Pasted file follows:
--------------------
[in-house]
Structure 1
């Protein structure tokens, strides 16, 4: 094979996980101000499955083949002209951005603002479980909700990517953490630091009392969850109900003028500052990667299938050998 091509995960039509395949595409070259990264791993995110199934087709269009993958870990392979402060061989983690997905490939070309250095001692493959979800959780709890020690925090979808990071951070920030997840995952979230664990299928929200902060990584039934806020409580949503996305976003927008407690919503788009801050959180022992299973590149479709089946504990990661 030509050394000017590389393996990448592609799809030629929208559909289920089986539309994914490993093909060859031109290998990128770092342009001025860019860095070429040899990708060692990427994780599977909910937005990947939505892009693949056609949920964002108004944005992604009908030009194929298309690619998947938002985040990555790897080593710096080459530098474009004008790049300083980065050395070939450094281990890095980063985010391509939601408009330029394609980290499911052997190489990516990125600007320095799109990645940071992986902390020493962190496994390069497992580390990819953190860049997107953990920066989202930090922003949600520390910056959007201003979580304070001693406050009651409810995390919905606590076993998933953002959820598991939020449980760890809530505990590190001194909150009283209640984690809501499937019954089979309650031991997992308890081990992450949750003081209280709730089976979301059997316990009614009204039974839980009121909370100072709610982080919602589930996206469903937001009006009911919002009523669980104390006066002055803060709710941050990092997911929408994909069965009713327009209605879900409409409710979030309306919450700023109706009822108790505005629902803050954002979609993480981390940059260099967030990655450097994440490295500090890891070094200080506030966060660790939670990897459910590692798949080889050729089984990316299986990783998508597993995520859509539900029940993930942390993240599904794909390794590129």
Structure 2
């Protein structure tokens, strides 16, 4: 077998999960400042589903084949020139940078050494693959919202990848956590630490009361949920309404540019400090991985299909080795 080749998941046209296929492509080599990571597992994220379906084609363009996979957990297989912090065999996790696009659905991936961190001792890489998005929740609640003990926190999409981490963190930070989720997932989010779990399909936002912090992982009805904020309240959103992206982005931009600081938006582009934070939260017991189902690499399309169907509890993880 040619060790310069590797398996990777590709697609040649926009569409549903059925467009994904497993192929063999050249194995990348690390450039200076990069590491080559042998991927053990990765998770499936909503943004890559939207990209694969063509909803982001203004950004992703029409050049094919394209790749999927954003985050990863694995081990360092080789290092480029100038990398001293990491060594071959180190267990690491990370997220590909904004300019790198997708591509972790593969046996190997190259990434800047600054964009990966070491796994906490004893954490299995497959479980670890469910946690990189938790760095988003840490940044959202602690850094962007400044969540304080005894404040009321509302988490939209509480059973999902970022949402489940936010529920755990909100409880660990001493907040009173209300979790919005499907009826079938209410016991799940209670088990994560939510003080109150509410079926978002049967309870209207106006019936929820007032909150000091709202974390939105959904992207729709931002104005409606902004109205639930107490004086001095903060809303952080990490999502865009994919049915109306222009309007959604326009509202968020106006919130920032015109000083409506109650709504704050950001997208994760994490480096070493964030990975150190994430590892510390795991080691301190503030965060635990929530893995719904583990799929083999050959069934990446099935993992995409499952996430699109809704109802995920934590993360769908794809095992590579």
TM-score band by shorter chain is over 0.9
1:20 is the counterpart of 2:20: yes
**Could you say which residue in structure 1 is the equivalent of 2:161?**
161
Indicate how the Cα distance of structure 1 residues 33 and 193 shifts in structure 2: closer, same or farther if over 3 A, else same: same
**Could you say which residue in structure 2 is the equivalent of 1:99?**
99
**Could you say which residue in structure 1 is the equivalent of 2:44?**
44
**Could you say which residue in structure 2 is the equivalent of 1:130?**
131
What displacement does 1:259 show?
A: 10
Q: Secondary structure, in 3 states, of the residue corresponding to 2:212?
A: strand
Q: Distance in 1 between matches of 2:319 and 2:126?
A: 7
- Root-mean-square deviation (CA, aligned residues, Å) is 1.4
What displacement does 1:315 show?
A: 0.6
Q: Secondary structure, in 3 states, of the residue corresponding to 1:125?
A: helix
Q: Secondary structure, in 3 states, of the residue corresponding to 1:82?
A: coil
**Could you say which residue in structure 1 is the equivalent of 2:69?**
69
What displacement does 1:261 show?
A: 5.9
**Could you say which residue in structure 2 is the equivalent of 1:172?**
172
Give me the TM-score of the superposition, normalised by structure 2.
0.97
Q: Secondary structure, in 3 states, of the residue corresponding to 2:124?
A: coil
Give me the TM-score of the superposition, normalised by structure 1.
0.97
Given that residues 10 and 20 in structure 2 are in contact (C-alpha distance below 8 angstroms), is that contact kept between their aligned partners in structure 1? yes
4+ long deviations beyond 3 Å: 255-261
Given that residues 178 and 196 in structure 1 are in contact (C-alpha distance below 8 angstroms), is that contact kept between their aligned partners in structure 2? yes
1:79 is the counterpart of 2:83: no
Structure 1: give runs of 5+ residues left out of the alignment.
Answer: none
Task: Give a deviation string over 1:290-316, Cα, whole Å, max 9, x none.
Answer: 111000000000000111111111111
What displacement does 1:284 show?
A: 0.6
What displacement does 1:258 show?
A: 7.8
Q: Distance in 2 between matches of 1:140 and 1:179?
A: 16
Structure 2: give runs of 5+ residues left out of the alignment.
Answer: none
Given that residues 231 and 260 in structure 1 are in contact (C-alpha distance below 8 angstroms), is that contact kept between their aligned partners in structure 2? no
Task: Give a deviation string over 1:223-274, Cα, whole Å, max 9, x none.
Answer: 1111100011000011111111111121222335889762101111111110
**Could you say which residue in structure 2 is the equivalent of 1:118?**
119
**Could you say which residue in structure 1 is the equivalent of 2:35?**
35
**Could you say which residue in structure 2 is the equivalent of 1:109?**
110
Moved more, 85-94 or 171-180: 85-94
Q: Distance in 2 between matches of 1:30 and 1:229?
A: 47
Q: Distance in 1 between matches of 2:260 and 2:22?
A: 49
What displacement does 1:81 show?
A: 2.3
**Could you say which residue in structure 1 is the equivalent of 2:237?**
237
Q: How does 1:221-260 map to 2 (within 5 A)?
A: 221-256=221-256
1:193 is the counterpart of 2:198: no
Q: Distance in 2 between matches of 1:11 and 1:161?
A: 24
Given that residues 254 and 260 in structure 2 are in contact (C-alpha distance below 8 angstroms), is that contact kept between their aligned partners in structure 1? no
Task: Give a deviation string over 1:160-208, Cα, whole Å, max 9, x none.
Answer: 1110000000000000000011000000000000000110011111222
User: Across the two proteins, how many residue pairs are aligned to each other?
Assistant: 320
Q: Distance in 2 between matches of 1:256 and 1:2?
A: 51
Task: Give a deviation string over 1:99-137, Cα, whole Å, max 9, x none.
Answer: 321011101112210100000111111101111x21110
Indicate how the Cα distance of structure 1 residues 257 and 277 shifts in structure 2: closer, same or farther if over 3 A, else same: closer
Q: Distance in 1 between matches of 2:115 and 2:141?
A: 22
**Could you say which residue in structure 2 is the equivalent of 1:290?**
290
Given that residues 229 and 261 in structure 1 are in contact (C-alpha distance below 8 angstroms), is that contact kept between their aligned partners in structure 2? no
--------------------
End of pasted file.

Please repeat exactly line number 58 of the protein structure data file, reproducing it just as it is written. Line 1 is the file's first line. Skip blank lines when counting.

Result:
Given that residues 231 and 260 in structure 1 are in contact (C-alpha distance below 8 angstroms), is that contact kept between their aligned partners in structure 2? no